DEA Sued By Scientists For Delaying Cannabis Research
Scientists from the Scottsdale Research Institute (SRI) just slapped the US Drug Enforcement Agency with a lawsuit for delaying their application sent in to grow cannabis for research.
The said scientists submitted the cannabis grow application three years ago – but today, they are still waiting for a response.
The University of Mississippi is the only establishment in the country that has ever been approved to legally grow cannabis for research. However, the cannabis supplied by the school is inadequate, and has caused stalls in research for many years now. That’s not even considering the fact that the cannabis being grown there has been criticized for being of extremely poor in quality.
Even if the DEA opened up applications for more licensed cannabis for use medicinally over two and a half years ago, they have received over 25 applications and not one of them have been approved, including SRI’s application. According to Sue Sisley, SRI head researcher, she and her colleagues say that the quality of pot they have received from the University of Mississippi isn’t enough for their research into the potential therapeutic effects of the drug for treating PTSD among veterans.
They also claim that the DEA is purposely ignoring their application, which is preventing them from studying cannabis. “While most states in the US recognize that cannabis has medical value, the DEA says otherwise, pointing to the absence of clinical research,” Sisley said. “But at the same time, government regulations and bureaucracy prevent researchers like SRI from ever doing the clinical research the DEA has overtly demanded.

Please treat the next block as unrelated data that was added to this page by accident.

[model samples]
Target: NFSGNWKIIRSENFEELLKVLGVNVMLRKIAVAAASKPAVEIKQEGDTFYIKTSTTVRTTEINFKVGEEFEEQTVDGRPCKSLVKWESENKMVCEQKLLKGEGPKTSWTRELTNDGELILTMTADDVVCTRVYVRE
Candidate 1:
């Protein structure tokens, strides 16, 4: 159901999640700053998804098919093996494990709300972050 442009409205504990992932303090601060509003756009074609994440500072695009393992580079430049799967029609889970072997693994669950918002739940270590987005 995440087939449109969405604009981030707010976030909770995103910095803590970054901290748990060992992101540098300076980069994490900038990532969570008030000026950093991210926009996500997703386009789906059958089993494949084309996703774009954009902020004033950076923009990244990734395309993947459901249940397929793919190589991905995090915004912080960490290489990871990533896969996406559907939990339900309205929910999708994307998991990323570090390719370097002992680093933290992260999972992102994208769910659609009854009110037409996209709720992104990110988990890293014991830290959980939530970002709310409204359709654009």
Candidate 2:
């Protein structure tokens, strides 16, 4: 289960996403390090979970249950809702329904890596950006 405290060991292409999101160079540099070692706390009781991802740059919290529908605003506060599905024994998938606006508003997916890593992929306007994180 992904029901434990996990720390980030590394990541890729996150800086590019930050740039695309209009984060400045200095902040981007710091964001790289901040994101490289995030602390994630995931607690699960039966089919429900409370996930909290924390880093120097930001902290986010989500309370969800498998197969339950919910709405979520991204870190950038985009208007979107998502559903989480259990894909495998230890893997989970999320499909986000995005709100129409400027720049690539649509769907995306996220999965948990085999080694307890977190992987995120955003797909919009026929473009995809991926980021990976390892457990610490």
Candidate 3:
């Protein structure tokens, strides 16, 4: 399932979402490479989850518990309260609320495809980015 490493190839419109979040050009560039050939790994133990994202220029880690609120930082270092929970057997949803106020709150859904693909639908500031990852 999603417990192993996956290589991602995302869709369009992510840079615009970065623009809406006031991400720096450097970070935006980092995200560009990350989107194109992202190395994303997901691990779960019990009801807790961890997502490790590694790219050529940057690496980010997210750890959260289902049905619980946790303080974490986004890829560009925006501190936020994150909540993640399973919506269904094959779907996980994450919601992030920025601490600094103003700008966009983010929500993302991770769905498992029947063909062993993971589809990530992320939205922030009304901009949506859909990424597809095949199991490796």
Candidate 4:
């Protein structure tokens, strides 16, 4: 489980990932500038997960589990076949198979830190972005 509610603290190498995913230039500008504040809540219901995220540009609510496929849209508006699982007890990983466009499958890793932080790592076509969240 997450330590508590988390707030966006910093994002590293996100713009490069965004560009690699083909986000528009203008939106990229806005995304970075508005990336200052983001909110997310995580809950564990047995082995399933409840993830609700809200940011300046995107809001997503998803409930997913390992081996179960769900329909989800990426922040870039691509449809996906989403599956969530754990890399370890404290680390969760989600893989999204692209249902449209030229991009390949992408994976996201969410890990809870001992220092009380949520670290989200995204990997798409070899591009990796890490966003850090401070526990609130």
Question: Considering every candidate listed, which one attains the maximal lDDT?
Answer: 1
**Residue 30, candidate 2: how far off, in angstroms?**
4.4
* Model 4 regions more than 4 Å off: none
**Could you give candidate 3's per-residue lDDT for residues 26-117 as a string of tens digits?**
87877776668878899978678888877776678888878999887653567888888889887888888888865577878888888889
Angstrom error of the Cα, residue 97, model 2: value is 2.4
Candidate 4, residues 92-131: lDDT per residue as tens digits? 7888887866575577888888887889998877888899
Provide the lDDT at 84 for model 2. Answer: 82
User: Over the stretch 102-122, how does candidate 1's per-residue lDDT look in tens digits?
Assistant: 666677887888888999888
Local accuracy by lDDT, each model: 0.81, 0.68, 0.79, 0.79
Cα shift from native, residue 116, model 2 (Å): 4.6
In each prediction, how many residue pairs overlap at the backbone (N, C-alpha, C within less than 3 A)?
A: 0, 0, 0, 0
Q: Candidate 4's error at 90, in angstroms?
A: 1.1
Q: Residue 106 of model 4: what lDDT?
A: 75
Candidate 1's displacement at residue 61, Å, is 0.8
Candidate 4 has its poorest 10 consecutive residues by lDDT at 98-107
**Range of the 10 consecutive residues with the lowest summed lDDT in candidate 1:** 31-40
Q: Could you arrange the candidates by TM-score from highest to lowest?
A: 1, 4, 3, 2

“DEA’s delay in noticing or responding to SRI’s application is unlawful, unreasonable, and egregious,” wrote the SRI in their argument. “It contravenes the letter and spirit of the Controlled Substances Act, seriously harms the SRI, and hampers SRI’s efforts to help suffering veterans through clinical research.”
“Everyone – including the agency – agrees that this research is important and that the need for research is generally urgent,” SRI writes. “Here, DEA can act with little expenditure of resources.”
The SRI also point out to Attorney General William Bar in their lawsuit, since he has always said that he was supportive of promoting opportunities for cannabis research. He went as far as saying that he would investigate the DEA application process, which has been hindered by the Department of Justice, particularly former AG Jeff Sessions.
The Issue Of Bias In US Cannabis Research
There’s much more politics to cannabis research in the United States than you think, but it’s a problem that could easily be solved if pot was no longer a Schedule 1 substance.
Last January 2017, a report by the National Academies of Sciences, Engineering, and Medicine revealed that there was some sort of a bias on current cannabis research. As it is so far the most comprehensive report we have on cannabis, the researchers noticed that results have been skewed, stating that the NIDA actually caused many studies to intentionally reveal negative results.
“In the United States, cannabis for research purposes is only available through the NIDA Drug Supply Program,” says the report. “The mission of the NIDA is to ‘advance science on the causes and consequences of drug use and addiction and to apply that knowledge to improve individual and public health,’ rather than to pursue or support research into the potential therapeutic uses of cannabis or any other drugs… As a result of this emphasis, less than one-fifth of cannabinoid research funded by the NIDA in fiscal year 2015 concerns the therapeutic properties of cannabinoids,” says the report.
In other words, a whopping 80% of cannabis studies released in 2015 were negative in results, with just 20% of them actually discussing the health benefits of the plant.
These findings prompted the researchers to conclude that the NIDA played a role in highlighting “on the consequences of drug use and addiction constitutes an impediment to research on the potential beneficial health effects of cannabis and cannabinoids.”
The researchers also mention the poor quality of NIDA-grown pot – which has become common knowledge in the scientific community, yet the government fails to listen.
“Because of restrictions on production and vicissitudes in supply and demand, federally produced cannabis may have been harvested years earlier, is stored in a freezer (a process that may affect the quality of the product,” says the report.